Concrete Pipe for Sanitary Sewers Corrosion Protection Update

by Kenneth K. Kienow, Kienow Associates, Inc, Redlands, United States,
H. Cecil Allen, Kienow Associates, Inc, Redlands, United States,

Document Type: Proceeding Paper

Part of: Pipeline Infrastructure II


Significant advances have been made in the last decade in the area of sanitary sewer design techniques. Some of the most important advances have been in the prediction and prevention of sulfide related odor and corrosion problems in collection systems. In spite of these advances, however, failure to understand or properly assess the corrosion and odor potential continues to result in costly and wasteful over conservatism in design on the one hand, and inadequate protection on the other. Failure to understand the mechanisms involved in the corrosion process has led to the unnecessary rehabilitation or replacement of large diameter concrete pipe because major damage occurred in isolated areas subjected to unusual conditions where spot repairs and minor system operation changes would have extended the life for decades. Some of the misunderstood phenomena which have often led to unnecessary major expense or premature failure are discussed, together with the recent Congress-mandated EPA 'corrosion study' and the Los Angeles County Sanitation District corrosion problems which precipitated the EPA 'study'. Case histories of major sewers designed using corrosion resistant design techniques are presented.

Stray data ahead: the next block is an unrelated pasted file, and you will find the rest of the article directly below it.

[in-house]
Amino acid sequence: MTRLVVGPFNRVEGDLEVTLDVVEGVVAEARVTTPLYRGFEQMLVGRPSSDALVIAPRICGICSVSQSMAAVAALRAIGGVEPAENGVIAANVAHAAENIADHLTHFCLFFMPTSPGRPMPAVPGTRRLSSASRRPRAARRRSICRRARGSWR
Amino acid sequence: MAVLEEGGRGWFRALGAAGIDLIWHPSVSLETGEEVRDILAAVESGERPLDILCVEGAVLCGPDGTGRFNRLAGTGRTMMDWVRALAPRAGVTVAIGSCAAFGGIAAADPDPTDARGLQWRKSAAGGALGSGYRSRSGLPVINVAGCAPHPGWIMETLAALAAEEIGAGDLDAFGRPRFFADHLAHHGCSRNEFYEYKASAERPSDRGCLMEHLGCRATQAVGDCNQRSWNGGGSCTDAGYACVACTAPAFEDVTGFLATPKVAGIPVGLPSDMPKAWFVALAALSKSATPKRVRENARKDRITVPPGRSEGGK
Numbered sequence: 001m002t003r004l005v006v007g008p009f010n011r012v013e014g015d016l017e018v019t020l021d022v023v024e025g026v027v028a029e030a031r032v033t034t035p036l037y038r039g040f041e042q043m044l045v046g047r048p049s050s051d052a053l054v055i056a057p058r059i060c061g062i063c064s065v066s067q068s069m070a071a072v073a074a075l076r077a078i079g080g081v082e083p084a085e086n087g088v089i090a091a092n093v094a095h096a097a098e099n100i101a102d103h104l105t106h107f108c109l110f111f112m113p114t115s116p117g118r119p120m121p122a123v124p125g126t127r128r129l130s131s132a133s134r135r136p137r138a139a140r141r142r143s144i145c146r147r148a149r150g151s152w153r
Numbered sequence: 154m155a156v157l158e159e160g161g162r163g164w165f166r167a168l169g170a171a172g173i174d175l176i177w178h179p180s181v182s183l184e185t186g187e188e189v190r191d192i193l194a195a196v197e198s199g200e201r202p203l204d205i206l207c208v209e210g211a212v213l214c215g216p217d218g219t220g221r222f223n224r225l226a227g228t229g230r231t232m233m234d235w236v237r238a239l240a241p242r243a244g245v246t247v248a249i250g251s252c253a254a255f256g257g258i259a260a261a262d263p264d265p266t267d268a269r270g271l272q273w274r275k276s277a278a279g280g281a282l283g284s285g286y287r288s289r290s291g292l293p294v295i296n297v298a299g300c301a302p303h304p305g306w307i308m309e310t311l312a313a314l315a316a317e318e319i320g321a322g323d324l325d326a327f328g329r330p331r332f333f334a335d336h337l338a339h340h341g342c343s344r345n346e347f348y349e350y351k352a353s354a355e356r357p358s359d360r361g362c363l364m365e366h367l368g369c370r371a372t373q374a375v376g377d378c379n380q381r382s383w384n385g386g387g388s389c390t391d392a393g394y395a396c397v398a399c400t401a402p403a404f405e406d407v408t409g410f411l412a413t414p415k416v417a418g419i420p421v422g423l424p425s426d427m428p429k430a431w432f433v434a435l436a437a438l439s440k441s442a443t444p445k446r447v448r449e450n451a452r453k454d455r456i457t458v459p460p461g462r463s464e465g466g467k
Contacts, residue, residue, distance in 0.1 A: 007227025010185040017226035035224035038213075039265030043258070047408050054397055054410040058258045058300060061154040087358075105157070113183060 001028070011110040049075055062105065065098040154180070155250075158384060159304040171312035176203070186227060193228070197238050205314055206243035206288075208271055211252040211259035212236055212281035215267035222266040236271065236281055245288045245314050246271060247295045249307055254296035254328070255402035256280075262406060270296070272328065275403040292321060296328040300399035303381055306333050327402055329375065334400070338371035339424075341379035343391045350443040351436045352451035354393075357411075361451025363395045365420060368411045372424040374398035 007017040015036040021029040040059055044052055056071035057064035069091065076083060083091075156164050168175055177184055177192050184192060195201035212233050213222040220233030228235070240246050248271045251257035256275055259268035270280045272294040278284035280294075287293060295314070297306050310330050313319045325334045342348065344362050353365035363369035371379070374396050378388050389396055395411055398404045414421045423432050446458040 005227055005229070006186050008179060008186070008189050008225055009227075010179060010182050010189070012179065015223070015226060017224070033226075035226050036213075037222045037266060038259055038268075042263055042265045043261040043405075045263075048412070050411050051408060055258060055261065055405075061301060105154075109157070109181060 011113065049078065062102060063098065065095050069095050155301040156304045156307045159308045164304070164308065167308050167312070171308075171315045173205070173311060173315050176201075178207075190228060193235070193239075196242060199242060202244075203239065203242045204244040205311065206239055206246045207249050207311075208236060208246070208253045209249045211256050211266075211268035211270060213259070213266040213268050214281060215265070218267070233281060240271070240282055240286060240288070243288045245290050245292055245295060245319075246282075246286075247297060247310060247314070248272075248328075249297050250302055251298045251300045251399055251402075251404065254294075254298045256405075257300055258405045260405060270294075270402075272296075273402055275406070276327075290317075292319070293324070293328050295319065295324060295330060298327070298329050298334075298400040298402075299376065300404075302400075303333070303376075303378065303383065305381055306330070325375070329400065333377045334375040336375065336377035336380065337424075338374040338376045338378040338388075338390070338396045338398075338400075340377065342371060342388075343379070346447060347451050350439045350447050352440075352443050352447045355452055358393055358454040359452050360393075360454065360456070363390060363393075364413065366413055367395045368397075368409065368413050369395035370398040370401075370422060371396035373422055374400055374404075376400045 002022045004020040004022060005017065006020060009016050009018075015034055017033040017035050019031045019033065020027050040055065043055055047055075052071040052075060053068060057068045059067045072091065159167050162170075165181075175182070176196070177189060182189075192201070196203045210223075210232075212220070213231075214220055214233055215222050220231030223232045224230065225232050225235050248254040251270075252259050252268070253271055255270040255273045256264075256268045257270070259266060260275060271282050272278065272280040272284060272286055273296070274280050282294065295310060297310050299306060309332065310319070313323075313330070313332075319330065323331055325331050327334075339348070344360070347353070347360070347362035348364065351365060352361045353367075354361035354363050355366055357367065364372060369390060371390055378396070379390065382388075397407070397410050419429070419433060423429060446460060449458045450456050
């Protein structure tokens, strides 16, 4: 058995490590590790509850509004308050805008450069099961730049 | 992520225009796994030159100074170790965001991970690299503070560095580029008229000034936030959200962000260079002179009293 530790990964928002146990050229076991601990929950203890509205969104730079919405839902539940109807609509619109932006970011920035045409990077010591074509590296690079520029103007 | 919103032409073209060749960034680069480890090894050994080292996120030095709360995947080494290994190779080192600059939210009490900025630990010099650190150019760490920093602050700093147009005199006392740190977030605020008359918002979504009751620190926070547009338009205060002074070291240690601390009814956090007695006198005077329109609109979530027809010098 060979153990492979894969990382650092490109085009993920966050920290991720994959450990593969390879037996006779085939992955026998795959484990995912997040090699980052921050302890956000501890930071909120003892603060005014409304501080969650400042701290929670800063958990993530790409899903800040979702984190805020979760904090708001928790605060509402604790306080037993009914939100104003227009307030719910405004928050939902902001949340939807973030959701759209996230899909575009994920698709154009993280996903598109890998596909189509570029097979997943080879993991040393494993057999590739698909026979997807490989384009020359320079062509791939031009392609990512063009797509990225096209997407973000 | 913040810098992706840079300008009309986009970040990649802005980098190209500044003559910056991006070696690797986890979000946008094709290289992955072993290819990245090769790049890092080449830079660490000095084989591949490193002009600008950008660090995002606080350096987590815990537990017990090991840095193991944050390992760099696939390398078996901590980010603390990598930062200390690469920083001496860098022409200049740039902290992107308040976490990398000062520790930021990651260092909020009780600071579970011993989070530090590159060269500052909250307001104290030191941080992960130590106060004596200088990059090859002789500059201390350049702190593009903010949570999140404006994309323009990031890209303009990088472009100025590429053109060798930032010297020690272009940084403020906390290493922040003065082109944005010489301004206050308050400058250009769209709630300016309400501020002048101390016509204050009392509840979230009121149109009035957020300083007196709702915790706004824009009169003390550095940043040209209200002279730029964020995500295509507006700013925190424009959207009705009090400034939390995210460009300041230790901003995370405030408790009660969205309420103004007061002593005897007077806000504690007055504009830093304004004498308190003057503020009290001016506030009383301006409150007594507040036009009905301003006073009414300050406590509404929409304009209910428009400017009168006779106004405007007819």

Subject Headings: Concrete pipes | Corrosion | Structural design | Sanitary sewers | Rehabilitation | Pipeline management | Odors | Los Angeles | California | United States

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